Perhaps the biggest payoff from watching this movie with my daughter was when she curled up on me and told me to warm her up because I was her mommy polar bear.  Soooo sweet!

Overall, this was a really good family movie.  The acting was solid, and the pace was appropriate.  I hope that it continues to be popular for years to come.

Overall Rating:  5 of 5 Stars

Friday, December 28, 2012

New Year's Resolutions

As another year draws to a close, the time has come for New Year’s resolutions.  Usually this process takes on some great sense of archaic tradition, the sense of being chained to my cosmic promises, weighing the guilt potential should I fail.  This generally causes the decision process to stretch days into the new year, which I am sure can be considered cheating.  Other years, I try to follow the supposed “rules” and think something up at midnight.  I watched my husband start compiling his list last night.  It would be really interesting to know which is the original procedure for making these promises to myself, but I suppose I will never know.

This year I had intended to lose fifteen pounds.  I thought it was a nice goal, and a bit more ambitious than if I had set out to lose ten pounds.  Things seemed to be on track.  I lost ten pounds, some in chunks during allergy season or over the summer when I felt like it was too warm to eat much.  I used the website to track calories by logging what I ate and how I exercised, watching the progress of my efforts pan out on a chart.  The problem was that I was unaware that the scale I was using was nine pounds lighter than it should have been.  After I confirmed this discrepancy, I was thrown off, to say the least.  I stopped looking at the site, disgusted by how inaccurate my little fish ticker was.  I purchased a digital scale at a church yard sale and confirmed that I had lost less than I thought, compounded by the disappointment that I had no way of knowing where I had even started.  I lost my focus and have probably gained some weight since then.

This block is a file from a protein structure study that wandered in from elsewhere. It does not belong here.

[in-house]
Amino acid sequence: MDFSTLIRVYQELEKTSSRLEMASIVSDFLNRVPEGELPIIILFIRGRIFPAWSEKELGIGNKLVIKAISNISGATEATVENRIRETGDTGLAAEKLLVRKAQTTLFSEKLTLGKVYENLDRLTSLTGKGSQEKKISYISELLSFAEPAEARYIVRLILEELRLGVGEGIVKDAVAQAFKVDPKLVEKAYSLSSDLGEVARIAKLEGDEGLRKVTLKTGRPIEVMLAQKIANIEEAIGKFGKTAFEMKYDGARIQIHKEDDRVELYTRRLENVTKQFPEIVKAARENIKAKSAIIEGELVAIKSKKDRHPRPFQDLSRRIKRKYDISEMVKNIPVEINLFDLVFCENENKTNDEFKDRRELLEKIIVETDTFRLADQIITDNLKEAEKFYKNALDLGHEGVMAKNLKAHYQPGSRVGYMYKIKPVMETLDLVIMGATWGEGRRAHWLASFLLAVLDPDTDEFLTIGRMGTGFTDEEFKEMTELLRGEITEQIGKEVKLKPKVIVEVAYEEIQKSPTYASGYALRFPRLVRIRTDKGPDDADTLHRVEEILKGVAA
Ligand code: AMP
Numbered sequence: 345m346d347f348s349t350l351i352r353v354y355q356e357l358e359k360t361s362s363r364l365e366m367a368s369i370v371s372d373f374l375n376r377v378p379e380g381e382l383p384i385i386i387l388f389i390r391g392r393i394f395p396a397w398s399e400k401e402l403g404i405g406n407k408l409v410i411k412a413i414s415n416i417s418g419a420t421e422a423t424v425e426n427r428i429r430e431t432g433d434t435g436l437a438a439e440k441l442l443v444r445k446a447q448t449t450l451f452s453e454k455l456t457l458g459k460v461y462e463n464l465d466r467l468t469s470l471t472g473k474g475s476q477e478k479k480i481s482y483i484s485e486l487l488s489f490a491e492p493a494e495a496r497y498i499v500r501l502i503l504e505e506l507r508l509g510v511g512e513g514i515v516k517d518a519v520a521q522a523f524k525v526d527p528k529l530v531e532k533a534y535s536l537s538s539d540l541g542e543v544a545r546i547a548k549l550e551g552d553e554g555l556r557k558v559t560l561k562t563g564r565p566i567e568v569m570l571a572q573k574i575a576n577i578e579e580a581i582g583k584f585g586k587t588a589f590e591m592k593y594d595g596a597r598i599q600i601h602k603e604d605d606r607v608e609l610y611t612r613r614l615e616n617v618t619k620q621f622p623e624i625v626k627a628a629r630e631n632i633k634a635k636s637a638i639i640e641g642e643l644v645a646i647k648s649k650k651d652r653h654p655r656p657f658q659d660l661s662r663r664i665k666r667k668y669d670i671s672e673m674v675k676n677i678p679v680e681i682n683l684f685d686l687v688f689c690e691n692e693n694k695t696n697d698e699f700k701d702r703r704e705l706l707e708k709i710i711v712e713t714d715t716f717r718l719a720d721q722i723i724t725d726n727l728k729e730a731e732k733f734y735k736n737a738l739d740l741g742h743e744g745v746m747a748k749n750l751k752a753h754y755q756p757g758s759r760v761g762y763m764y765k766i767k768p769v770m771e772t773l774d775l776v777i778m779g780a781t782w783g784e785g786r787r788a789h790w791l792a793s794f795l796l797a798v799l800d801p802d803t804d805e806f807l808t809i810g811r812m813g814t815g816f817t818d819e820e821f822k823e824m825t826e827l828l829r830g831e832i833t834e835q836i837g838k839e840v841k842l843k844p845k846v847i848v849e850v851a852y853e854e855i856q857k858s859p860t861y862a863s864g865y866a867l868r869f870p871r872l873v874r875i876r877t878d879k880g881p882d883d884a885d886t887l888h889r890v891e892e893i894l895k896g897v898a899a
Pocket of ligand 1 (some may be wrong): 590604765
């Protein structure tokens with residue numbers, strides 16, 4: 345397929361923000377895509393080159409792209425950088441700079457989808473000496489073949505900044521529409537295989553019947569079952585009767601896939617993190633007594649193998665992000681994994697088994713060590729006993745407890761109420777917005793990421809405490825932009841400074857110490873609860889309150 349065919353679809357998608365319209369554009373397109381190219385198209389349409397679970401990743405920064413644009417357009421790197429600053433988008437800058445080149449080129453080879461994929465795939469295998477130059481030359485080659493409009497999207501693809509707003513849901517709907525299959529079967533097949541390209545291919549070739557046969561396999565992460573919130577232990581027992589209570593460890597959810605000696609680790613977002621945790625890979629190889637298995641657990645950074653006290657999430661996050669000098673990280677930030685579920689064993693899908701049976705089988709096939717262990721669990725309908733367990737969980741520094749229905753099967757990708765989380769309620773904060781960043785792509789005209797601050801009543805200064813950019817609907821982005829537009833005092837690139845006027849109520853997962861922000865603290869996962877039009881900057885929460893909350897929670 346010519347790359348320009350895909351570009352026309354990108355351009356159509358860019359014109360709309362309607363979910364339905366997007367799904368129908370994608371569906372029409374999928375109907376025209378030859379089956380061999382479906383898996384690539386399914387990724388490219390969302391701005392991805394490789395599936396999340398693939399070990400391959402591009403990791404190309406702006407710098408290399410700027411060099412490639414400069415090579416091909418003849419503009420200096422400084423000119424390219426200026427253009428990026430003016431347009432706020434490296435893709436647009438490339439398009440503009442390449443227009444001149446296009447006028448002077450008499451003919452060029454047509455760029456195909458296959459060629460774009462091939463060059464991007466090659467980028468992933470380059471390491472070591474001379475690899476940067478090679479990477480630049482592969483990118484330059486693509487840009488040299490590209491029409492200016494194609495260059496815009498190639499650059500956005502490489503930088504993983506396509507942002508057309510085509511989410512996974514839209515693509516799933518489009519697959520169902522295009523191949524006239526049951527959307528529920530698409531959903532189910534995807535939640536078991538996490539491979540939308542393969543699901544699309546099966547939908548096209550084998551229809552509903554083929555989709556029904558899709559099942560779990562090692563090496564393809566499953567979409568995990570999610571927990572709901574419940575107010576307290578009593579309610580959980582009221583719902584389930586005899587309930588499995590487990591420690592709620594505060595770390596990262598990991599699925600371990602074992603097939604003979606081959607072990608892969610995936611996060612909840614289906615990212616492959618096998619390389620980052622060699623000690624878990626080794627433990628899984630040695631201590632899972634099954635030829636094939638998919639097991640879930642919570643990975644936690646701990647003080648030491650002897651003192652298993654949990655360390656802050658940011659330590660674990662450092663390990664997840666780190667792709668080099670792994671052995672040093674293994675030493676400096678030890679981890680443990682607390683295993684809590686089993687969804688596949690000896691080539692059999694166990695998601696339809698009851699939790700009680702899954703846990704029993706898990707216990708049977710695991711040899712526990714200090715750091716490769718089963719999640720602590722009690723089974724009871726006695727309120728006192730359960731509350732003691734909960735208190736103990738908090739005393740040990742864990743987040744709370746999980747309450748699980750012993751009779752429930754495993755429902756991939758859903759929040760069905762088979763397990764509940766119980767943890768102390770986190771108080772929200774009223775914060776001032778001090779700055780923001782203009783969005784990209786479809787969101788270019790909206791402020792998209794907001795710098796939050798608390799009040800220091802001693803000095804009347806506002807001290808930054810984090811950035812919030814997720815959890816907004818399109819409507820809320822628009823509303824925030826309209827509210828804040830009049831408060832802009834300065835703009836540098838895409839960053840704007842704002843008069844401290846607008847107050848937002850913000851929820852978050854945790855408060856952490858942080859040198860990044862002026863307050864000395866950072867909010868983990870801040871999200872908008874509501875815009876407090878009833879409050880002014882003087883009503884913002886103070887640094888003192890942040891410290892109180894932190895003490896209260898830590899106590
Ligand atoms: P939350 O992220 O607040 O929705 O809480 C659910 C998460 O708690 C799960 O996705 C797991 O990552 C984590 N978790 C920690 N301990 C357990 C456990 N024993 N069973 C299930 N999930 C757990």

The bright spot in this story is that 2012 is at its close.  I want a do-over for my goal.  This year I want to look at my scale more often, rethink behaviors that I know are destructive, and take more of an interest in my health, both mental and physical.  I would like to lose fifteen pounds this year, but I would love to be better.  

Thursday, November 1, 2012

Gratitudes Journal

As I was flipping through the November 2012 issue of better Homes and Gardens, I came across a really sweet Thanksgiving gift idea:  gratitude journals.  The idea is to give each guest a blank journal with the word “Gratitudes” written on an illustrated card and affixed to the cover using photo corners.  There is even a template for the cards, which can be downloaded at and printed off, although you could easily create your own.  The gift can be dressed up or down by your choice of journals, which can be high-end, Dollar Tree finds, or even something you create yourself if you are truly ambitious.  If I were to give these as gifts, I would possibly stamp some of the pages or include some scrapbooking goodies.  I found the following link provides a lovely, ambitious idea of how far you can run with one of these journals:

            This is more than some hokey little party favor.  Thankfulness is an idea that should stretch beyond the holiday season.  Also, just taking the time to record little things that we are grateful for can be a therapeutic exercise.  Personally speaking, I suffer from bipolar disorder.  Sometimes it can be difficult to see the silver lining and recall things to be happy about.  I think that by creating and filling in something like this gratitude journal, I would have something to look back on during a rough patch.  Keeping the journal can also be a nice family activity.  A little time can be set aside each evening in which everyone can sit together or off on their own and record what they are grateful for, making sure to date each entry.  As time goes by, it would be nice to see what they have written, thus turning a simply blank book into a keepsake.
            I challenge you to think today about what makes you happy.  What makes life worthwhile?  What makes you fortunate?  Record it—or not—and try to make someone else feel these things in some small way.  Happy Thanksgiving.